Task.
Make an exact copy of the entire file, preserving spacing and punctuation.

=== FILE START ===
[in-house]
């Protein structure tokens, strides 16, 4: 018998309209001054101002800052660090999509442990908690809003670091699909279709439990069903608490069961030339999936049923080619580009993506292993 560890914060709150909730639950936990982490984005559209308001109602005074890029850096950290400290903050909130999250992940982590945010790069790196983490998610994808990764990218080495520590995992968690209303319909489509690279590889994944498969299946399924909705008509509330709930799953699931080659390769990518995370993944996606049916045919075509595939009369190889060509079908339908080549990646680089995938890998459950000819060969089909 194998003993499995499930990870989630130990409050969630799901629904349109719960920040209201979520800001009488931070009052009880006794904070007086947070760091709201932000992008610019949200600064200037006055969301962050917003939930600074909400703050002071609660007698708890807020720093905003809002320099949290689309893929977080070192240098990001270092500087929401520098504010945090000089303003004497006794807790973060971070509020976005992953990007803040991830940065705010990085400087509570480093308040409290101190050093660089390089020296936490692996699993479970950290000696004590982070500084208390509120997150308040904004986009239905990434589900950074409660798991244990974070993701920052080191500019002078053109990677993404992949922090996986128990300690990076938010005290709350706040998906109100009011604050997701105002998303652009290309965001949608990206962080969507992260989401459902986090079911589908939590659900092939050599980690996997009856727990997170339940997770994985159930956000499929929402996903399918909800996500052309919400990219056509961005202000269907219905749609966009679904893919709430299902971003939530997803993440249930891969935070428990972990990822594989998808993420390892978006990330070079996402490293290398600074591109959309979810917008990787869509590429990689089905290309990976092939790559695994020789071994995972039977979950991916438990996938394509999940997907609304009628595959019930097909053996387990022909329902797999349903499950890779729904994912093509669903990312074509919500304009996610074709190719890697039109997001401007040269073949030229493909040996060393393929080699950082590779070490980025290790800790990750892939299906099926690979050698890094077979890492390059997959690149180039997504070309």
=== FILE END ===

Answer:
[in-house]
């Protein structure tokens, strides 16, 4: 018998309209001054101002800052660090999509442990908690809003670091699909279709439990069903608490069961030339999936049923080619580009993506292993 560890914060709150909730639950936990982490984005559209308001109602005074890029850096950290400290903050909130999250992940982590945010790069790196983490998610994808990764990218080495520590995992968690209303319909489509690279590889994944498969299946399924909705008509509330709930799953699931080659390769990518995370993944996606049916045919075509595939009369190889060509079908339908080549990646680089995938890998459950000819060969089909 194998003993499995499930990870989630130990409050969630799901629904349109719960920040209201979520800001009488931070009052009880006794904070007086947070760091709201932000992008610019949200600064200037006055969301962050917003939930600074909400703050002071609660007698708890807020720093905003809002320099949290689309893929977080070192240098990001270092500087929401520098504010945090000089303003004497006794807790973060971070509020976005992953990007803040991830940065705010990085400087509570480093308040409290101190050093660089390089020296936490692996699993479970950290000696004590982070500084208390509120997150308040904004986009239905990434589900950074409660798991244990974070993701920052080191500019002078053109990677993404992949922090996986128990300690990076938010005290709350706040998906109100009011604050997701105002998303652009290309965001949608990206962080969507992260989401459902986090079911589908939590659900092939050599980690996997009856727990997170339940997770994985159930956000499929929402996903399918909800996500052309919400990219056509961005202000269907219905749609966009679904893919709430299902971003939530997803993440249930891969935070428990972990990822594989998808993420390892978006990330070079996402490293290398600074591109959309979810917008990787869509590429990689089905290309990976092939790559695994020789071994995972039977979950991916438990996938394509999940997907609304009628595959019930097909053996387990022909329902797999349903499950890779729904994912093509669903990312074509919500304009996610074709190719890697039109997001401007040269073949030229493909040996060393393929080699950082590779070490980025290790800790990750892939299906099926690979050698890094077979890492390059997959690149180039997504070309």